(715c) Rational Formulation Design of Multicomponent Membranes for Carbon Dioxide Separation

Elsaidi, S. - Presenter, DOE National Energy and Technology Laboratory (NETL)
Hopkinson, D., National Energy Technology Laboratory
Venna, S., Leidos Research Support Team
Sekizkardes, A., National Energy Technology Laboratory
Steckel, J. A., National Energy Technology Laboratory
Mohamed, M., University of Pittsburgh
Baker, J. S., National Energy Technology Laboratory
Baltrus, J. P., National Energy Technology Laboratory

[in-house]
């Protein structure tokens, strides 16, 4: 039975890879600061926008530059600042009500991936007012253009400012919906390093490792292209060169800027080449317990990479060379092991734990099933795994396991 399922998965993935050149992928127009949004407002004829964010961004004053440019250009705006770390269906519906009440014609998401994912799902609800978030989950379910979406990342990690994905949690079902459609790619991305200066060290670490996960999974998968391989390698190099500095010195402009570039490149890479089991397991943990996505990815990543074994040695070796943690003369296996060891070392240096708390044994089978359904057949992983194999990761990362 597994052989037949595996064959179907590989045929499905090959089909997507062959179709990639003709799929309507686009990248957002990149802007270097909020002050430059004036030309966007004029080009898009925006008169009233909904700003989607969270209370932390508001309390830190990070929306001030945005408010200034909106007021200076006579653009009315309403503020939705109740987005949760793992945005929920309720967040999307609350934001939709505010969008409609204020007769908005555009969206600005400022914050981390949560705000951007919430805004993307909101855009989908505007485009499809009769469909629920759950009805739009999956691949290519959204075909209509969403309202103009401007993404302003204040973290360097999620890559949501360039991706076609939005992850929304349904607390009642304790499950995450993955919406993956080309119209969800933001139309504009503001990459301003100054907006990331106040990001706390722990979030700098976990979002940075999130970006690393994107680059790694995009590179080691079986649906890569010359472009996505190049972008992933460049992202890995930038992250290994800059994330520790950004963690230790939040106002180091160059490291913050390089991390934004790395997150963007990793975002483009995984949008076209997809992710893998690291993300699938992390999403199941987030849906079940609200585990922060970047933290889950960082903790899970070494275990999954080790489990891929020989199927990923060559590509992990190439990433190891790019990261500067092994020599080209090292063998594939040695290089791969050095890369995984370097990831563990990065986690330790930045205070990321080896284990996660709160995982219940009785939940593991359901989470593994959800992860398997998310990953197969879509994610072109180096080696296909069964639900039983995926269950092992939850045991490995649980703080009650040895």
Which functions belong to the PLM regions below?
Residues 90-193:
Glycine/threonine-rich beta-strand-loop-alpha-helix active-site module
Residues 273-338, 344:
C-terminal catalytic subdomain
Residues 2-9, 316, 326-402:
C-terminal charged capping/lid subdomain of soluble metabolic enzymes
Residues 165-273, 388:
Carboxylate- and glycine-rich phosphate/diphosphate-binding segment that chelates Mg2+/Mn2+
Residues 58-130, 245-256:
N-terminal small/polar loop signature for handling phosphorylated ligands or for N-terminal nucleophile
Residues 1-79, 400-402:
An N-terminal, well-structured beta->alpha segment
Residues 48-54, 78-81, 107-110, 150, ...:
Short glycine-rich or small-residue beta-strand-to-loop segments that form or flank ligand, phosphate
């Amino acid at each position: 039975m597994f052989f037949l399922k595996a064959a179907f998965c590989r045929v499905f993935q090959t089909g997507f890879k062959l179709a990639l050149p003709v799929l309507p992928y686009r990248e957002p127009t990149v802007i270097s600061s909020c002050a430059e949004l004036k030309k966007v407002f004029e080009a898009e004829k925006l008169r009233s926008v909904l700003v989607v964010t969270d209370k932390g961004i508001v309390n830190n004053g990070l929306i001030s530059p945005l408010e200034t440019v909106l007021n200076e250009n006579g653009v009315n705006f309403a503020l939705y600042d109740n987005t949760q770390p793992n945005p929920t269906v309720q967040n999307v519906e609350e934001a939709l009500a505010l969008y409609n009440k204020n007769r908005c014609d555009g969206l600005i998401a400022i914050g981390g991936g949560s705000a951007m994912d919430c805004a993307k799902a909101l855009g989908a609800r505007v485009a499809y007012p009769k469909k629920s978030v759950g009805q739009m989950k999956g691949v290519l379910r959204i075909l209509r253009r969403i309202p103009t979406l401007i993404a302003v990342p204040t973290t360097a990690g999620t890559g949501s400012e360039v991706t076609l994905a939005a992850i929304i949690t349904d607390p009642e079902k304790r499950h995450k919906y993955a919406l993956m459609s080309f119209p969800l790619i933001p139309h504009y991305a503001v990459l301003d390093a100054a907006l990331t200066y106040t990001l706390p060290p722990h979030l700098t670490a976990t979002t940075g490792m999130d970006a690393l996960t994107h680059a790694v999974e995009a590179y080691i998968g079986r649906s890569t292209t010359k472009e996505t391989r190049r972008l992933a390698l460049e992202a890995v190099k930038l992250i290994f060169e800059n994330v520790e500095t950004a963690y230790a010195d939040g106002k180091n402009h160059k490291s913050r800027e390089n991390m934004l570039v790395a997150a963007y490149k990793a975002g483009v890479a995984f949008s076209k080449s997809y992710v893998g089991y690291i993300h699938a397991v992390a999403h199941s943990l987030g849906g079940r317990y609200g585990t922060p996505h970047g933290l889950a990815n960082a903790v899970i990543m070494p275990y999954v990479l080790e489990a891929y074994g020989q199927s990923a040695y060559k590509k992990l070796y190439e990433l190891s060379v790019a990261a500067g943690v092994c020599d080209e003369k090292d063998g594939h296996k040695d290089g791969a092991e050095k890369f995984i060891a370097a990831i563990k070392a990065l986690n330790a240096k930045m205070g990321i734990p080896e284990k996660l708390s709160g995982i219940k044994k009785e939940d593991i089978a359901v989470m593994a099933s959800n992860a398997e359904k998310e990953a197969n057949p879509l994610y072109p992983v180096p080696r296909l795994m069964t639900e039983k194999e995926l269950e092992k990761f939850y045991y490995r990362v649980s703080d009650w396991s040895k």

The discovery of a membrane that can effectively remove carbon dioxide from coal-burning power plant emissions would help lower carbon dioxide emissions worldwide. To make membrane-based carbon capture economically viable, new formulations must be identified with high selectivity and high CO2 permeance. We demonstrated herein the ability to break the permeability/selectivity trade-off by using multicomponent mixed-matrix membranes (McMMMs) with two, three or four components wherein each constituent has a specific function and have been designed for compatibility and high gas separation performance. The chemical interaction between the metal-organic framework (MOF) nanoparticles and the polymers is the key factor for optimizing the MOF-polymer interfacial compatibility. Compared with the neat polymer material, the CO2 permeability and CO2/N2 selectivity were significantly enhanced, while the predicted cost of carbon capture was reduced. The permeability/selectivity values surpass the Robeson upper bound and suggest the potential of these membranes for practical CO2 separations.